Regular readers of the healthymemory blog might receognize some striking similarities between this message and the 2013 message. Unfortunately, not much has changed. When I was in elementary school the predictions were that due to technology we would have much more leisure time (http://en.wikipedia.org/wiki/Leisure) in the future. I’ll remind you that at this time it was highly unusual for married mothers to be working. In my view, some of the technological achievements, particularly in computing and in broadband, have vastly exceeded these predictions. So I ask you, why are we working so hard? We’re working much harder than when I was in elementary school. And it’s getting worse. Americans now work for eight and a half hours more a week than they did in 1979.

I would further ask, exactly what are we producing? Suppose only those who provided the essentials for living and for safety went to work. What percentage of the working population would that be? Make your own guess, but mine would be less than 10%, so what is going on here?. Currently we are working hard to achieve an unemployment rate at or below 5%. But is this a realistically achievable unemployment rate? Remember that the previous two occasions when the employment rate was at or below 5%, the economic prosperity was bogus. There was the dot com bogus, when people expected to become rich via the internet. Then there was the bogus finance/real estate boom where riches were created via bogus and unsubstantiated financial instruments. So why, absent some other fictitious basis for a boom, do we expect to get back to 5% unemployment

To examine the question of why we are working so hard, I present the following study tht can be found in Kahneman’s Thinking Fast and Slow.It found that being poor is bad. Of course, this finding is not surprising. The surprising finding is that a household income of $75,000 represented a satiation level beyond which experienced well being no longer increased. And this was in high cost living areas. In other areas the number would be lower. So, it is clear that we are working more for no real benefit. Why?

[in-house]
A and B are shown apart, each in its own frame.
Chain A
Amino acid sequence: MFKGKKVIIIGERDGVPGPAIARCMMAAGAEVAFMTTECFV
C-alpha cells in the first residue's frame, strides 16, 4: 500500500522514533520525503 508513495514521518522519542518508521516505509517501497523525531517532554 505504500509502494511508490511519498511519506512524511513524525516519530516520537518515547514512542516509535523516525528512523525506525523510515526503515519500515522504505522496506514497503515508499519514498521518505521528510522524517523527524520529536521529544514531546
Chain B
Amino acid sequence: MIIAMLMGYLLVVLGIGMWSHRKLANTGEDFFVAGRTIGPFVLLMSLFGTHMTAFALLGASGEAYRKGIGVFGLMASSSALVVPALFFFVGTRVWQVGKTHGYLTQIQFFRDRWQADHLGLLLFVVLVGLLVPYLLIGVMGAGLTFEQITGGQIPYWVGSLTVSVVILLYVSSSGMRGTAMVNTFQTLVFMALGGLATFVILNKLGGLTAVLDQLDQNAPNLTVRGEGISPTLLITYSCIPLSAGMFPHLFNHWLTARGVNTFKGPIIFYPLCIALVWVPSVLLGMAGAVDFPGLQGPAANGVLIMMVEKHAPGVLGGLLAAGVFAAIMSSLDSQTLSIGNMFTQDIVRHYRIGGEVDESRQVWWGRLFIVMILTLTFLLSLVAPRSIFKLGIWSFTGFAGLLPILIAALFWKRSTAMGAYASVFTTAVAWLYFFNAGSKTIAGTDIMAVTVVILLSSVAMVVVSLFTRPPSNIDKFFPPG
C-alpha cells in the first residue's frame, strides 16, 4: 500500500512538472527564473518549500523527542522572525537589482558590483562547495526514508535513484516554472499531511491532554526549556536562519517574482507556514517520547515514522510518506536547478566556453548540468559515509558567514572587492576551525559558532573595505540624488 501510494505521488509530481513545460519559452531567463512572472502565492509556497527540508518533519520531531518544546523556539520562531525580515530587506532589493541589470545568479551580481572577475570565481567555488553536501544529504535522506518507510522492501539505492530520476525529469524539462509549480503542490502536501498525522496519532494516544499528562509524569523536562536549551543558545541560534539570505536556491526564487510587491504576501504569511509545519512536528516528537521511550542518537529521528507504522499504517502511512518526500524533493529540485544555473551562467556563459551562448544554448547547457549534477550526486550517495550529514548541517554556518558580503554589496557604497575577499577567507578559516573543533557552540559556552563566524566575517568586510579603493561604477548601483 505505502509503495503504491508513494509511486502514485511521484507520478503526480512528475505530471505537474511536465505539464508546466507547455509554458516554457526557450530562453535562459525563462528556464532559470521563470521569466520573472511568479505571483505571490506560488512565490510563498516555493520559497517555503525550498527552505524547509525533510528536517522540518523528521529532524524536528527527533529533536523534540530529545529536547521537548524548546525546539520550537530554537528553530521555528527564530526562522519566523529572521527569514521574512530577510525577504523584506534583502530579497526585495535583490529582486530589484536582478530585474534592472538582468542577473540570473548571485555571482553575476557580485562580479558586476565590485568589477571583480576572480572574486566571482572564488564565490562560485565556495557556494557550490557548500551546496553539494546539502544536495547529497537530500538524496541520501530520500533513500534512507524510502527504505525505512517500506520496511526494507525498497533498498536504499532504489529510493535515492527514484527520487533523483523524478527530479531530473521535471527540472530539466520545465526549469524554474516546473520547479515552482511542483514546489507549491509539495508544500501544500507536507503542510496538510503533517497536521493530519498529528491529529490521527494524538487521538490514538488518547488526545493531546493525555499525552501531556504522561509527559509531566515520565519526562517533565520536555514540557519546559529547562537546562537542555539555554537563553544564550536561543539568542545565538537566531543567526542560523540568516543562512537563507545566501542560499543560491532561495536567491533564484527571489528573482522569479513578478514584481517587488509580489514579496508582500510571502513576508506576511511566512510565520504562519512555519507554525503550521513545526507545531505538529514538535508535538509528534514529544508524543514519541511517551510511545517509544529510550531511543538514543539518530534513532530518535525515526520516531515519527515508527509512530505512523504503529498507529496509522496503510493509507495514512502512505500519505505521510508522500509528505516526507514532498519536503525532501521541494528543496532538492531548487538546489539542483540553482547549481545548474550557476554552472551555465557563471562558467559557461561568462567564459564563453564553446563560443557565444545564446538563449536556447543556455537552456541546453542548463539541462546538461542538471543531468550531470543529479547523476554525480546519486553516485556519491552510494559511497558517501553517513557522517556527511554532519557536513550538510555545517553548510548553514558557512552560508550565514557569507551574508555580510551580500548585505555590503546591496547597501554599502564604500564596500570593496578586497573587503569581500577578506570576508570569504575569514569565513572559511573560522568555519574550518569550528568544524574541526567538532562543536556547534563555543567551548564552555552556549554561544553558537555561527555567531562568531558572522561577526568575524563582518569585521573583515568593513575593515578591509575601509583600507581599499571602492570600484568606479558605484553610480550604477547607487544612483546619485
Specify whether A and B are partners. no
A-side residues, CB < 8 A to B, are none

The world’s environmental and resource issues also need to be considered here. As the undeveloped world develops, the demands on resources, the pollution of the environment, and the rate of global warming will increase as the developing world hops on the same exhausting treadmill that the developed world has been on.

I think the problem is that classical economics has outlived its usefulness and has become destructive. Economics needs to undergo a paradigm shift. Classical economics is based on the rationale theory of man. Socials scientists have debunked this theory quite well as have behavioral economists. Computing the Gross National Product (GNP) in terms of hard dollars might seem to b objective, but reminds one of the drunk who is looking for his car keys under the streetlamp rather than in the dimly illuminated part of the parking where he dropped them. Economists need to consider subjective, relevant measures as happiness and life satisfaction, but these measures are given only glancing consideration. Perhaps this is due to the extreme economics supermeme that plagues us and has been discussed in previous healthymemory blog posts.

Once appropriate measures and appropriate philosophies regarding self fulfillment and self actualization are adopted we can get off the treadmill and enjoy the fruits of technology and our lives.

You also might visit or revisit the Healthymemory Blog Post “Gross National Happiness.” There is also an entry on this topic on wikipedia.org.